Santa María de Montederramo's origins seem to have been the old Church of San Juan, which grew into a monastery. It was founded as a Cistercian monastery by Doña Teresa, Alfonso VII´s daughter, in 1142, bringing French nuns from Claraval. Other writers refer to it as Cistercian in the year 1153, when it adopted the worship of St. Mary.
In the year 1528, it joined the Cistercian Congregation, in Spain, with the building´s reconstruction beginning at that time, including the church, with most of the work taking place during the 16th century. The slender church stands on a Latin-cross ground plan, with three aisles in five sections along the main arm; side arms marked on the ground floor, five rectangular chapels, the central the main one. The aisles have Ogival, ribbed vaults, with lunettes and coffering. In the transept, there is a dome over pendentives with cupola. The facade flay and austere. The church was begun in the year 1598, with Juan de Tolosa as master-architect, from the Company of Jesus, and creator of the Hospital of Medina del Campo, in addition to other builders. Construction work ended in the year 1607, inscreibed on the facade.
The monastery has two cloisters, the oldest of which is in evolved Ogival style, square, with five semi-circular arches per side and nine-pointed star-vaults; the upper part has Renaissance and Baroque arches and windows. The second cloister is square, elegant, with four semi-circular arches per side over free-standing Renaissance columns, and sculpted medallions and shields, all dating from the 16th century. It also has a large, monumental stairway down to the church and a fine sacristy.The regular or processional cloister is connected to the church. In the early 1980s this area was rescued from a state of ruin, and once restored it began to be used as a school.References:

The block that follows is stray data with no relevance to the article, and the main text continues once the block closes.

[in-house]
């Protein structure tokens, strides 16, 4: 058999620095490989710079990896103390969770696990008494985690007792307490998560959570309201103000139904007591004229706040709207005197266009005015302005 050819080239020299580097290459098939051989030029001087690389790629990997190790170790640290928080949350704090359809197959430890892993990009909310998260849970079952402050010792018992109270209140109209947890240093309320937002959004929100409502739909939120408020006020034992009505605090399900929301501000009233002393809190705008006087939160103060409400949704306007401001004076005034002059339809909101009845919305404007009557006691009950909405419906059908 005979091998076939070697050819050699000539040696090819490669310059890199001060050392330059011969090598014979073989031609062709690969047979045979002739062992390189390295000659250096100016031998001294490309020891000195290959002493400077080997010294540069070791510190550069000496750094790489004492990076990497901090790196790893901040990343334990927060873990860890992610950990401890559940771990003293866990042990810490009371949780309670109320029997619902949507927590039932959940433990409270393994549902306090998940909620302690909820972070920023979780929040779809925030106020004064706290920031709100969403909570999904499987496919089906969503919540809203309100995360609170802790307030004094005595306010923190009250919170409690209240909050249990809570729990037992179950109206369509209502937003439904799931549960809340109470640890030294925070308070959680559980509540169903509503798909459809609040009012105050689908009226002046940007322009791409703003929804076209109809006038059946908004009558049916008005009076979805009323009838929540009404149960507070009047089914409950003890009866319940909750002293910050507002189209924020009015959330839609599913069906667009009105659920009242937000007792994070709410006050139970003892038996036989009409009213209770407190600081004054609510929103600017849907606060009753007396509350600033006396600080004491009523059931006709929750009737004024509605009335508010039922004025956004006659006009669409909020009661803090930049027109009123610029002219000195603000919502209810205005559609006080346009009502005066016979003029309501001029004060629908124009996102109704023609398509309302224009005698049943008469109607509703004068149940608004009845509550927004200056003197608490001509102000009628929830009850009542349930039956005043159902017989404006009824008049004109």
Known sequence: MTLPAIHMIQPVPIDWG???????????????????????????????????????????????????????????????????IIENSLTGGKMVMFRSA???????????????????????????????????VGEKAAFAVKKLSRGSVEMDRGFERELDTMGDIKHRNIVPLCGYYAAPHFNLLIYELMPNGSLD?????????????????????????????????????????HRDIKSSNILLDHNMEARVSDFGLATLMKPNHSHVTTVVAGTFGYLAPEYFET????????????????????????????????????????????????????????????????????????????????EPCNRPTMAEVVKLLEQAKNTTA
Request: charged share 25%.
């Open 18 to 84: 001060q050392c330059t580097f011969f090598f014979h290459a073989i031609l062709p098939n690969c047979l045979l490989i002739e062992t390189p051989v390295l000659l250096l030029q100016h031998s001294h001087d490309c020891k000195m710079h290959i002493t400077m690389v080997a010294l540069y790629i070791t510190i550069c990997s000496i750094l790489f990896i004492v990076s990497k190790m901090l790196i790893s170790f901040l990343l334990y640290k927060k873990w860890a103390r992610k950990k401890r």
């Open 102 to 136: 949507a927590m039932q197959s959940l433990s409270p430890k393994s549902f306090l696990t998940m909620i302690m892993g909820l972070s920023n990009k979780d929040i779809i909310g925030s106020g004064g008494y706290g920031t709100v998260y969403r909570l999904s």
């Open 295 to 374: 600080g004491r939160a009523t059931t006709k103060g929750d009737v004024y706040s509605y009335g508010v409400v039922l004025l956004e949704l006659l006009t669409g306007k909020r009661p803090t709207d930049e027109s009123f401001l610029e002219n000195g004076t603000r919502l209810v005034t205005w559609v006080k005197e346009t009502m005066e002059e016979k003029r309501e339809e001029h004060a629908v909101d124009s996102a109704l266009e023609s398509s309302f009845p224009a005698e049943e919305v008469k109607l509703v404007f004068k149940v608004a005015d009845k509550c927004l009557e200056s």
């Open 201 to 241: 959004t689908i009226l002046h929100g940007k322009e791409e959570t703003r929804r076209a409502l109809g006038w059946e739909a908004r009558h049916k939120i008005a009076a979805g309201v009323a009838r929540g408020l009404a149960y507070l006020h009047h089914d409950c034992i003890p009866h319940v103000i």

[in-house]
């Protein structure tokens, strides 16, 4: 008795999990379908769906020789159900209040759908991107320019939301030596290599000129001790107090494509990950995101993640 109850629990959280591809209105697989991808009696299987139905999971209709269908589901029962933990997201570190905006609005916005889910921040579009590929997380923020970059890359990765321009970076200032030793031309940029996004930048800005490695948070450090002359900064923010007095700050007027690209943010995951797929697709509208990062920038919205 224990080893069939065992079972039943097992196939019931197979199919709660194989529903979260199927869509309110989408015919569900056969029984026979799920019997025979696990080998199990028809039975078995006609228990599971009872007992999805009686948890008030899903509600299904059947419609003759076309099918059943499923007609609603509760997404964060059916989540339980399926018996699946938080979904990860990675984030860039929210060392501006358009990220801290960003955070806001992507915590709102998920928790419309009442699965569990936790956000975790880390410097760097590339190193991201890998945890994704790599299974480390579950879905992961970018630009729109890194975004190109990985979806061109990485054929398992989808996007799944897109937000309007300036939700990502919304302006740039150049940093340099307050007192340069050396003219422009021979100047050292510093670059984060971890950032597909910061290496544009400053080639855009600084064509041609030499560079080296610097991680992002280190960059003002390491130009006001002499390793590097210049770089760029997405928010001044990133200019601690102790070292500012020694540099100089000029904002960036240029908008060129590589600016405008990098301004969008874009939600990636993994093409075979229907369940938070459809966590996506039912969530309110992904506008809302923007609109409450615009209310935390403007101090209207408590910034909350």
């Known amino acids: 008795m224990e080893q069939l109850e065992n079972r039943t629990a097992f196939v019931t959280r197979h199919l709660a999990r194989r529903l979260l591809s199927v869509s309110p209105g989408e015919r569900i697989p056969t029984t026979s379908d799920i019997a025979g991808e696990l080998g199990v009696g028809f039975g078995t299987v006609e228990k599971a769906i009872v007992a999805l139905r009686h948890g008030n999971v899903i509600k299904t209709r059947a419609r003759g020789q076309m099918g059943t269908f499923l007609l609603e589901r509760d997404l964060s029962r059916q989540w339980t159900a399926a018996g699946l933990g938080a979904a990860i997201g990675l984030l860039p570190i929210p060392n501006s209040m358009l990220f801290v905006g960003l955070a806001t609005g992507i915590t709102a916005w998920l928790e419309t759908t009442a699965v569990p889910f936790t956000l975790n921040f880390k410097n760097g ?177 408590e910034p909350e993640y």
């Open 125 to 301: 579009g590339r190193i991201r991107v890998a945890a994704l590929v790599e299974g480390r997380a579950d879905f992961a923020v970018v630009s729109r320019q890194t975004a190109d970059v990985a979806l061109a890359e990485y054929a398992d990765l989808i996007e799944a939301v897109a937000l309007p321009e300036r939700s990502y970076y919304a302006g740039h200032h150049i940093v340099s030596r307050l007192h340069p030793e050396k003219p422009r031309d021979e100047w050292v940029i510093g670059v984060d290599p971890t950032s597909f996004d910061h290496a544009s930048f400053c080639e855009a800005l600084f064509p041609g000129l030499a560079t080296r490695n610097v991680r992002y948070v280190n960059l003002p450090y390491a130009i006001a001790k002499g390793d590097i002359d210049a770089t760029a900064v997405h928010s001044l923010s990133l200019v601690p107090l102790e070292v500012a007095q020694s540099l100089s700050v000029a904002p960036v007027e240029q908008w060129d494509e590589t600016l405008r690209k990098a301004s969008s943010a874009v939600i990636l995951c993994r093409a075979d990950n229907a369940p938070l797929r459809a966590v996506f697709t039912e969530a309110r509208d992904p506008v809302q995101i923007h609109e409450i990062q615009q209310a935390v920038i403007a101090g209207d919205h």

Dating from the 15th century, Kisimul is the only significant surviving medieval castle in the Outer Hebrides. It was the residence of the chief of the Macneils of Barra, who claimed descent from the legendary Niall of the Nine Hostages. Tradition tells of the Macneils settling in Barra in the 11th century, but it was only in 1427 that Gilleonan Macneil comes on record as the first lord. He probably built the castle that dominates the rocky islet, and in its shadow a crew house for his personal galley and crew. The sea coursed through Macneil veins, and a descendant, Ruari ‘the Turbulent’, was arrested for piracy of an English ship during King James VI’s reign in the later 16th century.
Heavy debts eventually forced the Macneil chiefs to sell Barra in 1838. However, a descendant, Robert Lister Macneil, the 45th Chief, repurchased the estate in 1937, and set about restoring his ancestral seat. It passed into Historic Scotland’s care in 2000.
The castle dates essentially from the 15th century. It takes the form of a three-storey tower house. This formed the residence of the clan chief. An associated curtain wall fringed the small rock on which the castle stood, and enclosed a small courtyard in which there are ancillary buildings. These comprised a feasting hall, a chapel, a tanist’s house and a watchman’s house. Most were restored in the 20th century, the tanist’s house serving as the family home of the Macneils. A well near the postern gate is fed with fresh water from an underground seam. Outside the curtain wall, beside the original landing-place, are the foundations of the crew house, where the sailors manning their chief’s galley had their quarters.